core acting progression
Curious about acting? Or, do you have experience performing, but are just feeling a little rusty? Maybe you just want to get to know your authentic self a little better? If so, our Step I Acting course is a great place to explore. You will develop or deepen the fundamental acting tools we use as the foundation for all of our acting classes at Freehold: living truthfully under imaginary circumstances, connecting to your own personal material, investing in playing an action, and working with a partner. If you are coming to the table with more experience, this class will provide an opportunity to dive deeper into some of the tools of your craft. If you are trying this out for the first time, this class will be an entry in an exciting and safe environment.
Intro to Acting is the first class in our three-step acting progression, introducing you to a vocabulary and approach that will form the basis of Step II: Acting with Text and Step III: Basic Scene Study.
Acting with Text is about how to approach playing action when working on a short scene from a play. We apply all of the foundational tools introduced in Step I to our work with text. Students will begin to deepen their experience with given circumstances, will begin to understand how to recognize action in the text, and will explore how to connect this new understanding with the tools explored in step I. We will explore with the sense of play and creativity required to begin to bring an actual scene to life.
Prerequisite: Step I: Intro to Acting or instructor permission.
- This class requires you to be able to meet with your scene partner outside of regularly scheduled class time.
- If you have not taken Step I: Intro to Acting but have received equivalent training elsewhere, you will be asked to meet with a faculty member to evaluate your eligibility for the class. We accept only a limited number of students who have not taken Step I into each Step II section each quarter. Instructor permission is necessary if you have not completed Step I: Intro to Acting.
In Basic Scene Study, students will bring longer scenes to life through textual analysis and improvisation. You’ll broaden and deepen your understanding of rehearsal techniques and hone your understanding of playing action to really affect a change in your scene partner, enough to compel you to both act and react authentically. You will explore ways to create work with your own imagination that is rich, creative and exciting.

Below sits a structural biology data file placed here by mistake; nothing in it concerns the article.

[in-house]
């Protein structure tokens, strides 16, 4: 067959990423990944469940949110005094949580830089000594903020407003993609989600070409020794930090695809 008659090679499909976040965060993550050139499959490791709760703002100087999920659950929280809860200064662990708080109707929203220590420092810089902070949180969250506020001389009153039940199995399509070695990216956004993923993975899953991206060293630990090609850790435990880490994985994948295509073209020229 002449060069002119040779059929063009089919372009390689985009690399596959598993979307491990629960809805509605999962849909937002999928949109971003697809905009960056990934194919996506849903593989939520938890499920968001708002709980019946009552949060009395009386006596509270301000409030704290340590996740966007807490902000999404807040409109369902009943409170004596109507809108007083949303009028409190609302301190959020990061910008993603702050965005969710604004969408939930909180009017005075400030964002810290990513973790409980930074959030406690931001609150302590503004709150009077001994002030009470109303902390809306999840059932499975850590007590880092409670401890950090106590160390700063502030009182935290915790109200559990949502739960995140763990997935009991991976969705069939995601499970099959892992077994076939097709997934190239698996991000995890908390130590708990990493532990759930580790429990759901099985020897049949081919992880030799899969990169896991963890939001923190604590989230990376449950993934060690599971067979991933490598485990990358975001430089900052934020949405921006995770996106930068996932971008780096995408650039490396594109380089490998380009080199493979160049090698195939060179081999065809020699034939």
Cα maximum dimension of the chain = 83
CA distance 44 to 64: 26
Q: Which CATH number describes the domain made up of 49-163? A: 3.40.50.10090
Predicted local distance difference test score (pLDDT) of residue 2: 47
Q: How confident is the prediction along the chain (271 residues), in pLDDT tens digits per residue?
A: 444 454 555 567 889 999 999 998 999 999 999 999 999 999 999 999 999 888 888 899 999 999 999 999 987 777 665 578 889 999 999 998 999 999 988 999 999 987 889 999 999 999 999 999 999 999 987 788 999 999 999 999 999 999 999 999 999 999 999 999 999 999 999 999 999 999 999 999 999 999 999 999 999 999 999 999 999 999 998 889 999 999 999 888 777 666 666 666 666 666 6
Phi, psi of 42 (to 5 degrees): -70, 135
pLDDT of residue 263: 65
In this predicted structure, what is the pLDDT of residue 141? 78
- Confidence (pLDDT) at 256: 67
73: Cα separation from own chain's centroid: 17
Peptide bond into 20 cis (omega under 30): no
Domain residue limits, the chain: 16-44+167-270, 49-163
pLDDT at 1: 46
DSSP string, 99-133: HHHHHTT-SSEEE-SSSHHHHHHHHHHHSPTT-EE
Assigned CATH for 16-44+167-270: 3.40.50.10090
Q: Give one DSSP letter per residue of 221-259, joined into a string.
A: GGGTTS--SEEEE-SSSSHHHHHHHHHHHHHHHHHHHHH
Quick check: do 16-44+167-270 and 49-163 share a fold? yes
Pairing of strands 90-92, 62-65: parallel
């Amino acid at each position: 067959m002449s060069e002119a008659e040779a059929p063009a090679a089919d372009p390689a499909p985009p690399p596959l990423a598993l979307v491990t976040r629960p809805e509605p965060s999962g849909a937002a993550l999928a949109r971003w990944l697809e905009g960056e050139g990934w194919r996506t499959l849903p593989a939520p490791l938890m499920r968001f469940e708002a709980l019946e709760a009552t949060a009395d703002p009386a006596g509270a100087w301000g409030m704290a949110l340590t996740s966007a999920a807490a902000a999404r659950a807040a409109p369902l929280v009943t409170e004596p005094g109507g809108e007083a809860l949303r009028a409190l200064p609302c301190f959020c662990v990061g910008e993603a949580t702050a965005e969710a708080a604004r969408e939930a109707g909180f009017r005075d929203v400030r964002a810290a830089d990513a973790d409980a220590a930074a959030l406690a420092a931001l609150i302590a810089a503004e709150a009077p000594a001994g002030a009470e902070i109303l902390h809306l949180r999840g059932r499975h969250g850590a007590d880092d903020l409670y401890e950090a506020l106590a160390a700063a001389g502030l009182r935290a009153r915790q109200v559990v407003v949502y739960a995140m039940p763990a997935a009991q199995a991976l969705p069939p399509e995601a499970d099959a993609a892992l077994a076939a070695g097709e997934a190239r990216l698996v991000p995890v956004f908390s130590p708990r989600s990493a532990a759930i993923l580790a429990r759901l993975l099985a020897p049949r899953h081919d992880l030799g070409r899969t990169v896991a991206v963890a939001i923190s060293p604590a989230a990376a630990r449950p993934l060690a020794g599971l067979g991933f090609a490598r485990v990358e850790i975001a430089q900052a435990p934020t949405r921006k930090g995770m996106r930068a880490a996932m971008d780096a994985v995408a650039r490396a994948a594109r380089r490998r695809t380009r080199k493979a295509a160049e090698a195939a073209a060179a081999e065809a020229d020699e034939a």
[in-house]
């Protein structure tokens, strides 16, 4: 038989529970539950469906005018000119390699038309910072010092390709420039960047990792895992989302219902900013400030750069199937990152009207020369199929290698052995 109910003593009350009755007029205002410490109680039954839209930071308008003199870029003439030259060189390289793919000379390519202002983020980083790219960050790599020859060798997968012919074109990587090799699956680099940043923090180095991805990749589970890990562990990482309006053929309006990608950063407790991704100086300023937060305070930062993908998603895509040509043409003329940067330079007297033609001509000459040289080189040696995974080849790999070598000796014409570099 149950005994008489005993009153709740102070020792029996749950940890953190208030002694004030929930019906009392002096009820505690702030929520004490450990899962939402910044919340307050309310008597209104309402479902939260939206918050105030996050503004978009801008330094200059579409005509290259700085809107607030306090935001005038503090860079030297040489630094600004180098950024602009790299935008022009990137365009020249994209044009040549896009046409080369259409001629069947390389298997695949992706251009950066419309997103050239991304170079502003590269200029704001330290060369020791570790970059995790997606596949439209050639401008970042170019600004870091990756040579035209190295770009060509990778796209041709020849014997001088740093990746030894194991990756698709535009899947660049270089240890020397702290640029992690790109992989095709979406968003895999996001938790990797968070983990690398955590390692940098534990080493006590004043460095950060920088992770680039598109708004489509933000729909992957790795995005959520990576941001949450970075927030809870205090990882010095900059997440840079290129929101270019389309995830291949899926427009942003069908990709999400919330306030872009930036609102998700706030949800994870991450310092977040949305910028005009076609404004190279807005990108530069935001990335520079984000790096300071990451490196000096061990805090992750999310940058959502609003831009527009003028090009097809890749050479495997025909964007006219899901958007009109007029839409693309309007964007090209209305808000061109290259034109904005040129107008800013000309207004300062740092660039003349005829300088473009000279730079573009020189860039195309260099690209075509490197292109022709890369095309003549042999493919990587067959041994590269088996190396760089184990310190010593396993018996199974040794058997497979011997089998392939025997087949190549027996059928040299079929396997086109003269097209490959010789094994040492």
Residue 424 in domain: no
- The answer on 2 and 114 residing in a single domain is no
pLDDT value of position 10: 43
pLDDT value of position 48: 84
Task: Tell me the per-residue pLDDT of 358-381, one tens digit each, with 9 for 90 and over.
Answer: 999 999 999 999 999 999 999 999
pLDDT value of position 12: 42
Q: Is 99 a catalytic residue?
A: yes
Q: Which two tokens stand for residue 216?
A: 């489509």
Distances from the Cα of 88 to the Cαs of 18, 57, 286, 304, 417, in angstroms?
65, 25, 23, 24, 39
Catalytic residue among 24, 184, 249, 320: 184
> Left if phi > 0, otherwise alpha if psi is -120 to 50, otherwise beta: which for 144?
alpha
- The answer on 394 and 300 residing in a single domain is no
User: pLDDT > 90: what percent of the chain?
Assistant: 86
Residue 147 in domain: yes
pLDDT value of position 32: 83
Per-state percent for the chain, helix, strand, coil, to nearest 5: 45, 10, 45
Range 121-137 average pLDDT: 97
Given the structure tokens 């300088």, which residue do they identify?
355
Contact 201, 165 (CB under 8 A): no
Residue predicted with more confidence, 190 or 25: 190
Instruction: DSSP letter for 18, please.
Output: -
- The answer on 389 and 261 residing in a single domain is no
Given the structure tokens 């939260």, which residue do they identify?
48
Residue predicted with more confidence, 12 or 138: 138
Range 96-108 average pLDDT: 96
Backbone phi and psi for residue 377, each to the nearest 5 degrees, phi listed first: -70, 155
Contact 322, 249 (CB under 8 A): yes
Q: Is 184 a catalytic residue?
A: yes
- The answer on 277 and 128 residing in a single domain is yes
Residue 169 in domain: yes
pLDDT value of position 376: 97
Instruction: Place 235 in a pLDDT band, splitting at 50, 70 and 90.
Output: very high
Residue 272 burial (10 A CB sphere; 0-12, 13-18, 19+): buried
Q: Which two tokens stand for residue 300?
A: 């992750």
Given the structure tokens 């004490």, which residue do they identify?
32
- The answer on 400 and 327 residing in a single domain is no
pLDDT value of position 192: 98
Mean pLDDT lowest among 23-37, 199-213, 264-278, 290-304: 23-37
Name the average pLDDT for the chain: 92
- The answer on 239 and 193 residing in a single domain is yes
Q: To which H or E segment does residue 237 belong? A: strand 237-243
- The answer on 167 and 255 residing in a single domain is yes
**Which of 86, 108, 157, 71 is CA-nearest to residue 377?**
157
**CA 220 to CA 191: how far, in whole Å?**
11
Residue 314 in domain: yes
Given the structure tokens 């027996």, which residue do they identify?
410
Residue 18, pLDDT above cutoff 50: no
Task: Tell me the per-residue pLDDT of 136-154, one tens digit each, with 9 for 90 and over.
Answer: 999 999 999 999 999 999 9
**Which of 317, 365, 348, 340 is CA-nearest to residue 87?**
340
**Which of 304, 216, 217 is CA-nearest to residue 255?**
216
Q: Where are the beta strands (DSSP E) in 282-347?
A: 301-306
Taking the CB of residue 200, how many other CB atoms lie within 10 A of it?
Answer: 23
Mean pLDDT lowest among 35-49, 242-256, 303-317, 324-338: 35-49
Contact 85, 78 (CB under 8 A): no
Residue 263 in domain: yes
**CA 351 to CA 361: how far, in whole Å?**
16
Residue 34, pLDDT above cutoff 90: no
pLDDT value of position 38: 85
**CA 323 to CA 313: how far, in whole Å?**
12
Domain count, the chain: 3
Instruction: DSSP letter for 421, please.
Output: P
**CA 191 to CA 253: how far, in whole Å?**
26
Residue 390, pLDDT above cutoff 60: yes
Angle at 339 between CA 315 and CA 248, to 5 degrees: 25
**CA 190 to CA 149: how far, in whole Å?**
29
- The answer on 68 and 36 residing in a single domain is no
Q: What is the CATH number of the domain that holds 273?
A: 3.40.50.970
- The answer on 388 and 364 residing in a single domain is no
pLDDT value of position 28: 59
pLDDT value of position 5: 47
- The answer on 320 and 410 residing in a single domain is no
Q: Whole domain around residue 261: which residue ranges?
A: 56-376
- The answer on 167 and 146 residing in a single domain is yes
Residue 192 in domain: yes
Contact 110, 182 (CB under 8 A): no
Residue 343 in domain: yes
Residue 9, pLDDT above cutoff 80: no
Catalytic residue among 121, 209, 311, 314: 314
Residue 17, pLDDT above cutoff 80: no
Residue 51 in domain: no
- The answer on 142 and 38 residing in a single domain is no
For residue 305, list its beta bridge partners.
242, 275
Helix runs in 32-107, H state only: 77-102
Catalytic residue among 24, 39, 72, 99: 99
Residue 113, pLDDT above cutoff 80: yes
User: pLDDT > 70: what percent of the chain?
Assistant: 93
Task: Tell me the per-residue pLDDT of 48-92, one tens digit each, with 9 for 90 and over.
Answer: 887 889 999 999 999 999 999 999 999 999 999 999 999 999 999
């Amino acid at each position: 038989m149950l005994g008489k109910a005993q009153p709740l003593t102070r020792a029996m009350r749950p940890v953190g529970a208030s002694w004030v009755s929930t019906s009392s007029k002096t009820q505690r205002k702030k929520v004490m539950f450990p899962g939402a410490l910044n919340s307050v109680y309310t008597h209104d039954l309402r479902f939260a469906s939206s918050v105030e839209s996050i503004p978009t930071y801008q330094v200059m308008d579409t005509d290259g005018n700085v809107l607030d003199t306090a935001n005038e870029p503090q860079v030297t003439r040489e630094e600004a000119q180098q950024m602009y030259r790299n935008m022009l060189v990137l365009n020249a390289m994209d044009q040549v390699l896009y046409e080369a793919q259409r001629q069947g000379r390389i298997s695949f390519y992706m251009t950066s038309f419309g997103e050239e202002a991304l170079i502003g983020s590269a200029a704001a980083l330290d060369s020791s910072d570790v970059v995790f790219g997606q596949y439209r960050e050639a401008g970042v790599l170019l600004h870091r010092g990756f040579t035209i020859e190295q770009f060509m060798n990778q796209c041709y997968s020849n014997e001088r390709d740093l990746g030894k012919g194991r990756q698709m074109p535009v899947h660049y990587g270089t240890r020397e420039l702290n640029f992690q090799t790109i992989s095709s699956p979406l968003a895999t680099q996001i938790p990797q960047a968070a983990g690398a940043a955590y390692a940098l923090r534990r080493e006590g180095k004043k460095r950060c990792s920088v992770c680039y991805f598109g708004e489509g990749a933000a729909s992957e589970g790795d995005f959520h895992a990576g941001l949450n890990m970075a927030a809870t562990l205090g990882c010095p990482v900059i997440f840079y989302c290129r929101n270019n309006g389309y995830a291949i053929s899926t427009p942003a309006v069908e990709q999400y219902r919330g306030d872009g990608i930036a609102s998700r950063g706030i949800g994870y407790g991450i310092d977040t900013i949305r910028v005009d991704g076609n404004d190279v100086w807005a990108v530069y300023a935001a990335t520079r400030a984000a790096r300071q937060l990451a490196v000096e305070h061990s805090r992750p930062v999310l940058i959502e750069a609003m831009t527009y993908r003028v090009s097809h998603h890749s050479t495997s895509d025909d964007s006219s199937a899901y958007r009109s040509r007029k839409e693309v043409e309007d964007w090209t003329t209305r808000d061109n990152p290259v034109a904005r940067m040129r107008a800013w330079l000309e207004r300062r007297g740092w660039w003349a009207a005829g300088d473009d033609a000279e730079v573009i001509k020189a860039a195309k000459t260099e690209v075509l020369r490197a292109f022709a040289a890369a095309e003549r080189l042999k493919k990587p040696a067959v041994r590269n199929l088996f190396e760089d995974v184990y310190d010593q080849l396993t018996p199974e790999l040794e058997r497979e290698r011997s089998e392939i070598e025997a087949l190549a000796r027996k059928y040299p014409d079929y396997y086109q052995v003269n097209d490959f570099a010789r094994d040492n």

Prerequisite: Step II: Acting with Text or instructor permission.
- This class requires you to be able to meet with your scene partner at least once per week outside of regularly scheduled class time.
- If you have not taken Step II: Acting with Text but have received equivalent training elsewhere, you will be asked to meet with a faculty member to evaluate your eligibility for the class. We accept only a limited number of students who have not taken Step II into each Step III section each quarter.
Advanced Acting Classes
The Meisner Progression at Freehold is based on the work of Constantin Stanislavski, Joseph Chaikin, and Sanford Meisner.
Through cumulative exercises based on the work of Sanford Meisner, the actor learns to be habitually available to and affected by life that is actually happening in the moment, and to fully release instinctive, uninhibited responses. The class culminates in a work with text.
Through cumulative exercises based on the work of Sanford Meisner, the actor learns to be habitually available to and affected by life that is actually happening in the moment, and to fully release instinctive, uninhibited responses. The class culminates in a work with text.
Prerequisites: Step III: Basic Scene Study, Rehearsal and Performance
Students continue the exercises from Foundation, supplementing them with work in personalization, preparation, and other tools in order to access a meaningful inner life and “make real” the text and imaginary circumstances.
Prerequisites: Meisner I: Foundation
Applying the work from Foundation and Instrument to scenes, students focus on detailed, in-depth text and character work — analysis, subtext, particularization, and moment-to-moment process work on scenes.
Using scenes selected from modern award-winning and noteworthy plays or musicals, students of this online class will focus on and further develop their acting and performing skills and techniques for building a character, making interesting choices, risk-taking and in-depth bookwork exploration of clues to enhance and support the effectiveness of their
performance and scene work.
Paired with different combinations of classmates and working together on overlapping acting scenes with the instructor, participants will work to discover the varying nuances and possible choices that different casting combinations can make on the scripts.
Using Zoom, students will also gain experience and guidance with the intricacies of working online, and what may become the new normal for acting presentations for the immediate and foreseeable future.
The class will create opportunities to enhance and gain experience with remote rehearsals, online casting and other facets of production performance options that may forever be